His Smiley Face Collection Helps Bruce Woodbury Have a Nice Day
updated 05/23/1988 AT 01:00 AM EDT
•originally published 05/23/1988 AT 01:00 AM EDT
Remember the smiley face? That lip, those eyes, that oppressive feeling of perkiness? Woodbury remembers, lovingly. A San Franciscan who acquired his first grinning gewgaw—an alarm clock—when he was 9, Woodbury now owns nearly 600 of the adamantly cheerful visages. They make him smile.
Someone somewhere might own more, but it would be hard to outsmile the curious range of Woodbury's collection. He has a smiley pencil sharpener and smiley car floor mats. There's a string of grinning, blinking patio lights and an irrepressible "Fly the DC-10" smiley button. There are neckties and coffee cups, happy socks and a smiley halter dress. Woodbury wears the socks but not the dress. "It's a bit small for me," he says, smiling.
An auto parts salesman, Woodbury got the urge to start collecting a few years ago while hanging out with a pack of Mods, a motor-scooter-riding sub-cultural group with roots in Britain. In Mod lingo, a "face" is someone cool. "I think that triggered a latent fondness for the things," he says. "But basically, I just really like 'em." Woodbury scours thrift shops, garage sales and supermarket gum machines to fortify his trove, which occupies most of his upstairs room in an apartment he shares with a roommate. "As collections go, it's pretty inexpensive," says the man of 600 faces, who rarely pays more than a dollar per. "But it's very labor-intensive. You could go to three dozen garage sales and find just one new face."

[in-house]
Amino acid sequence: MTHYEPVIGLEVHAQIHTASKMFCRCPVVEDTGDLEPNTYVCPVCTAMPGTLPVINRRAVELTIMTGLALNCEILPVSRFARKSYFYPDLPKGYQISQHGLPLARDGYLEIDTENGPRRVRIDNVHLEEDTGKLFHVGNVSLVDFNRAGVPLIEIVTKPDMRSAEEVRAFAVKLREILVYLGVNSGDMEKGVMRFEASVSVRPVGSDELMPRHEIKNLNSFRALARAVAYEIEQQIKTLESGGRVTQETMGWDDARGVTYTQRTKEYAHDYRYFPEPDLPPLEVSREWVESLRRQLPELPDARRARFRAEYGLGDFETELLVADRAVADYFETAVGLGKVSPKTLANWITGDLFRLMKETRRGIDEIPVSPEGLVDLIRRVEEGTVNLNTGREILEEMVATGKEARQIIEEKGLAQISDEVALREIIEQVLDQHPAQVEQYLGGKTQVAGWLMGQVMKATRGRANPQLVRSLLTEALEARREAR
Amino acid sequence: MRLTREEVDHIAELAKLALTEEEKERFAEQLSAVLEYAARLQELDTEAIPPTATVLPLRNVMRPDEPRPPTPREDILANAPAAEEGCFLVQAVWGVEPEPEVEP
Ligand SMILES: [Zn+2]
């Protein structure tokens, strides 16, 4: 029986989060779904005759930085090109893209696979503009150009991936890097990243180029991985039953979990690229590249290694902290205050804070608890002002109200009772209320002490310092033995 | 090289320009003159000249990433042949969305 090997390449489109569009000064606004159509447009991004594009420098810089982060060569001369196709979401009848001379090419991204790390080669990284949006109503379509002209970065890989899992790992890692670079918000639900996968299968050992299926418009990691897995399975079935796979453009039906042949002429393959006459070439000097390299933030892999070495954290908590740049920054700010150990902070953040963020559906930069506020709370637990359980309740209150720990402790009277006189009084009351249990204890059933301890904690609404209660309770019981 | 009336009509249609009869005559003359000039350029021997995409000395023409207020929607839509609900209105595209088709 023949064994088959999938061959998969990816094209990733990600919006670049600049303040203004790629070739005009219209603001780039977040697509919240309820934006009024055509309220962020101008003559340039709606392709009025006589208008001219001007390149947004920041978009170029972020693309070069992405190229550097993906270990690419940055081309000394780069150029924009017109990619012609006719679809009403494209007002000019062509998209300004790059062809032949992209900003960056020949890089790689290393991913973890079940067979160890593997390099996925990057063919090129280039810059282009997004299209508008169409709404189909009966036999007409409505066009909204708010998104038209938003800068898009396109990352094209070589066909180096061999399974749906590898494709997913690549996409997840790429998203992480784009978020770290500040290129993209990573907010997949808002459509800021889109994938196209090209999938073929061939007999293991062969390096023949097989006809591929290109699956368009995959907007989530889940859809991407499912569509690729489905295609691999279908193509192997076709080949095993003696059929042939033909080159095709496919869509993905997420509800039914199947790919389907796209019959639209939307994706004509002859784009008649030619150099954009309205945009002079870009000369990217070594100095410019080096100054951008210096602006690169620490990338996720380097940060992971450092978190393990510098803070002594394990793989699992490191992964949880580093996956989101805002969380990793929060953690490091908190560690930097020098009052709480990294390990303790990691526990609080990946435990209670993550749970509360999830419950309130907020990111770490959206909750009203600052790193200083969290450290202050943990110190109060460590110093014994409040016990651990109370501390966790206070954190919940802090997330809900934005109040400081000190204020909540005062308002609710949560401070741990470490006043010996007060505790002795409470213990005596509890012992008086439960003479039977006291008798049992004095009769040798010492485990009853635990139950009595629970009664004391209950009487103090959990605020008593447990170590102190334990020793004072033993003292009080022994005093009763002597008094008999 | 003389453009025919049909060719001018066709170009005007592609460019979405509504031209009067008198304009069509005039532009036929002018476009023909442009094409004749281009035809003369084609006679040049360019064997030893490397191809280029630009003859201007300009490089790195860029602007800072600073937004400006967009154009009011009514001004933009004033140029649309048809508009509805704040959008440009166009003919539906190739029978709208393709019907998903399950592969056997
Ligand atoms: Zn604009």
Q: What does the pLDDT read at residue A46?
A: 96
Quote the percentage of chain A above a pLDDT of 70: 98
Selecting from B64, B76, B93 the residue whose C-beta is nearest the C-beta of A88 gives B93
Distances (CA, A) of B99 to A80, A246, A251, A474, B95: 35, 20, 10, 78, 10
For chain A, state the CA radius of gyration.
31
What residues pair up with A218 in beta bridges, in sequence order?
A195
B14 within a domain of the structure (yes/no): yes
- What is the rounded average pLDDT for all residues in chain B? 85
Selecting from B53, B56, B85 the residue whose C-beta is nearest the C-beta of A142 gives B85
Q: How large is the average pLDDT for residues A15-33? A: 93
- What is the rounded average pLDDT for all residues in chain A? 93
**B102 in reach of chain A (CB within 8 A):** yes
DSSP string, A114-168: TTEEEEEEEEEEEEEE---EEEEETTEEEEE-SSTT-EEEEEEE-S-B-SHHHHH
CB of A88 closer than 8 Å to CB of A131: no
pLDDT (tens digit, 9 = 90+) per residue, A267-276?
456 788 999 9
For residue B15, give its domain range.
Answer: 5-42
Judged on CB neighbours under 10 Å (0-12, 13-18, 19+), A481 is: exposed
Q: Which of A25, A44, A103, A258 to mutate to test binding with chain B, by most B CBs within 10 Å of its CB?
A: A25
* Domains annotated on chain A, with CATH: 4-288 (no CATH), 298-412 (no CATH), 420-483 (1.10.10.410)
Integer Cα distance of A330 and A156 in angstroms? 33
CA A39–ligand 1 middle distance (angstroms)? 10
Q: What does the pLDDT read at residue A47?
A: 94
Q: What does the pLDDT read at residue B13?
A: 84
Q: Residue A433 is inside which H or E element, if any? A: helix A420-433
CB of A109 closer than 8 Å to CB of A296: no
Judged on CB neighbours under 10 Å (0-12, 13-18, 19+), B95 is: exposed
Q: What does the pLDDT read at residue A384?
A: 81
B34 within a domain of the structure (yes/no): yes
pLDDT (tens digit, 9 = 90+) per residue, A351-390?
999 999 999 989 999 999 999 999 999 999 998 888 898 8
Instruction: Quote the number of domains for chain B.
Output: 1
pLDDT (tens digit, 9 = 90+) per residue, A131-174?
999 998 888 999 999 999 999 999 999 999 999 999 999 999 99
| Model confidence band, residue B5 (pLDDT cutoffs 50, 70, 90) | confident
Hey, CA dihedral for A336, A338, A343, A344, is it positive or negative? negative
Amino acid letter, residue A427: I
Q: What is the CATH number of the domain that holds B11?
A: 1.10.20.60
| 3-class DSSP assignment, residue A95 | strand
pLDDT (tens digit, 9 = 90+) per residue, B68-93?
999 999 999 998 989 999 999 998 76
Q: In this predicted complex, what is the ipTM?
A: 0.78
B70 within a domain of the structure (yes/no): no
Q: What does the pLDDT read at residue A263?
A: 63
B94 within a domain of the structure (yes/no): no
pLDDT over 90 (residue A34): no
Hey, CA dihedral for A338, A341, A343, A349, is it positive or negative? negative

With a few exceptions, Woodbury is a purist. Occasionally he buys a frowning smiley, or a smiley with teeth, but he draws the line at noses. "If it's got a nose, I don't want it," he says. "Ears are okay." If a smile is contagious, do 600 of them cause an epidemic of euphoria? "That's what I like best," says Woodbury. "People walk into my room and, instantly, they're smiling."